Existentialism as a philosophy, albeit obscure in the academic world after the 70s, remains a center piece to the young adult mindset up to this day — after all, no one says “I’m having a Post-Structural crisis” when feeling antsy. And thus “Existence”, together with “Being”, are still frequent terms in the languages of millennial bloggers, influencers, and self-care advocateurs, often quite interchangeably. So one may ask, is there a difference between the two?
To answer this, let us flash back a few decades, to when Existentialism was at its height. The term “Existentialism” was coined by the French catholic philosopher Gabriel Marcel in the 1940s.¹ Among the famous “Existential” philosophers that we know of, only Sartre actually embraced the term. His contemporaries Camus and Heidegger rejected it quite vehemently, while Kierkegaard and Nietzsche, often considered the founding fathers of this school of philosophy, couldn’t have heard of it, as they lived in the previous century.
The difference between “Existence” and “Being”, in my opinion, lies in the theoretical distinction between Sartre, who was a self-identified Existentialist, and Heidegger, who was not. I single out these two because they have been the most comprehensive in defining their concepts, among all the big names.
According to he himself, the thoughts of Sartre can be summarized into one sentence: Existence precedes Essence.² This essentially means, we are first and foremost, our existence, before any meanings and identities imposed by others and the society. Here “our existence” doesn’t even mean “we are human beings”, or even less so “we are the wonderful human beings that we are”, but simply “we are je-ne-se-quoi, whatever the whatever we are.”
As a somewhat off-topic, here I want to mention Sartre’s other famous quote: Hell is Other People. Others, intentionally or not, impose “essence” on us all the time. (Think about patriotism, family value, or simply just expectations.) We are fundamentally alien to each other’s valuation of choices, and we are, at the end of the day, alone, and burdened with other people’s essence. (This doesn’t mean we should flat out reject all the values of others, but rather, make discernment with authenticity.)
On top of this existence, we are free to choose our essence, or rather, whatever our identities, whatever our actions, are seen as outcomes of our choices, and our choices only. There is simply no room to blame it on any outside force, since we, at any given point, always have a choice. (Reminds one of the “Extreme Ownership” taught by the Navy Seals, innit?)
Heidegger, the one who inspired Sartre in the first place, did not agree with the latter’s famous statement Existence precedes Essence. He claimed that “the reversal of a metaphysical statement remains a metaphysical statement”, which, in my opinion, means that, by using the word “precedes”, Sartre was presuming that one always happens before the other, and by presuming this, or presuming anything at all, it is automatically “essence”. (Every time I stumble across this, I am in awe of Heidegger’s witticism. It would be Germany 1:0 France to me. We can agree to disagree.)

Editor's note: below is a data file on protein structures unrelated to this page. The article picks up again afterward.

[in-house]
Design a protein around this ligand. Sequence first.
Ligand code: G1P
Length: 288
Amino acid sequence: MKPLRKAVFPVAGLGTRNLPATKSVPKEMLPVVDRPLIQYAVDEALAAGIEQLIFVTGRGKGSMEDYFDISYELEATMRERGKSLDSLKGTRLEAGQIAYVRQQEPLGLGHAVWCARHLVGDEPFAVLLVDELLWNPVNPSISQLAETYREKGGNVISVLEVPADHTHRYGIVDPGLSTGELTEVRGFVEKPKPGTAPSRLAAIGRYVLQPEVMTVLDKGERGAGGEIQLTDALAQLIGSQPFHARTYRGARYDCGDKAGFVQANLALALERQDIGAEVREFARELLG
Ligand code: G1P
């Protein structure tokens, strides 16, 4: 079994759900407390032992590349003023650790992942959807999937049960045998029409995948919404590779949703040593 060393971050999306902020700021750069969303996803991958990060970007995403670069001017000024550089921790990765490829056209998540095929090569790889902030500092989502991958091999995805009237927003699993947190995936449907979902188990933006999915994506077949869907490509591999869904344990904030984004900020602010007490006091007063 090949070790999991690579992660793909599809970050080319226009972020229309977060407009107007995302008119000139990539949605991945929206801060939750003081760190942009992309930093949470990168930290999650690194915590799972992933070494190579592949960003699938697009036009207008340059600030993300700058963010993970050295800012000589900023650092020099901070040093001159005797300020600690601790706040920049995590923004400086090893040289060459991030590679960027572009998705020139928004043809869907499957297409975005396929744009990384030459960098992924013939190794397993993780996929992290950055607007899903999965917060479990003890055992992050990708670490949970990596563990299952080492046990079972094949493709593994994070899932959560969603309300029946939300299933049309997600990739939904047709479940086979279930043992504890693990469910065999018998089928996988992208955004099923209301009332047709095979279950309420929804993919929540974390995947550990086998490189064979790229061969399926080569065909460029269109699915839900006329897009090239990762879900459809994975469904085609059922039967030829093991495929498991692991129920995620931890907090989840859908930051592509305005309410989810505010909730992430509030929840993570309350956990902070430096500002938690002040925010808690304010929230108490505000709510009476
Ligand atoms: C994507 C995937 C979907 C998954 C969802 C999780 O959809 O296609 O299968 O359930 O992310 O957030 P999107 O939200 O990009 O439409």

So, how does Heidegger see it? The term Being (German: Dasein), as thoroughly define in his very difficult and somehow still fun to read magnum opus On Being and Time, which I haven’t finished in two years, consists of the following properties:³
- Facticity: the property that we are invariably born with some conditions that we, like it or not, cannot choose or change. Quoting my favorite Spengler “I’d rather be born in the time of Mozart.” There are many aspects of this facticity in our lives that surely require no elaboration. (Think about facticity as the “initial condition” of a differential equation.)
- Fallenness: the property that at any given time, we might lose our existence and find ourselves engaging in mundane tasks that we don’t know why. Imaging you have always been asleep until now, and you wake up to… to what? To finding yourself sitting in front of your office desk, with an Excel spreadsheet opened on your screen, secretly looking at your phone with a strange article on Medium, perhaps. This fallenness is the one thing that bars us from authenticity (more about that later), just like our ancestors falling from grace, metaphorically at least. (Again, think about fallenness as the “boundary condition” of a differential equation.)
- Existentiality: the property that no matter what, a Being always has conscious choices to make, provided that he/she reflects upon them. The anticipation of impending death frees us from the obligation of fallenness, of mundane tasks, and allows us to truly reflect on ourselves, to embrace authenticity. (Now, I can’t think of a differential equation analogy, maybe this is why we ourselves are NOT differential equations.)
As we can see “clearly” (see my air quotes?) here, Heidegger’s Being is not just the existence itself, but also its “task”, at any given point. Being = Existence + Task. Take a hammer for example. To Sartre, the hammer is first and foremost whatever-it-is, then a tool that can hit nails, which is imposed by external expectations. To Heidegger, the hammer IS that it can hit nails.
This doesn’t mean we have to be defined by our labels the same way the hammer gets defined by its hammer-ness. (As of this moment, we might as well find ourselves a hammer performing the task of a garden hose.) Being comes with its task, but the authentic task remains for ourselves to discover. And we should do whatever we can, to be authentic — on this, all the existential philosophers that existed would agree.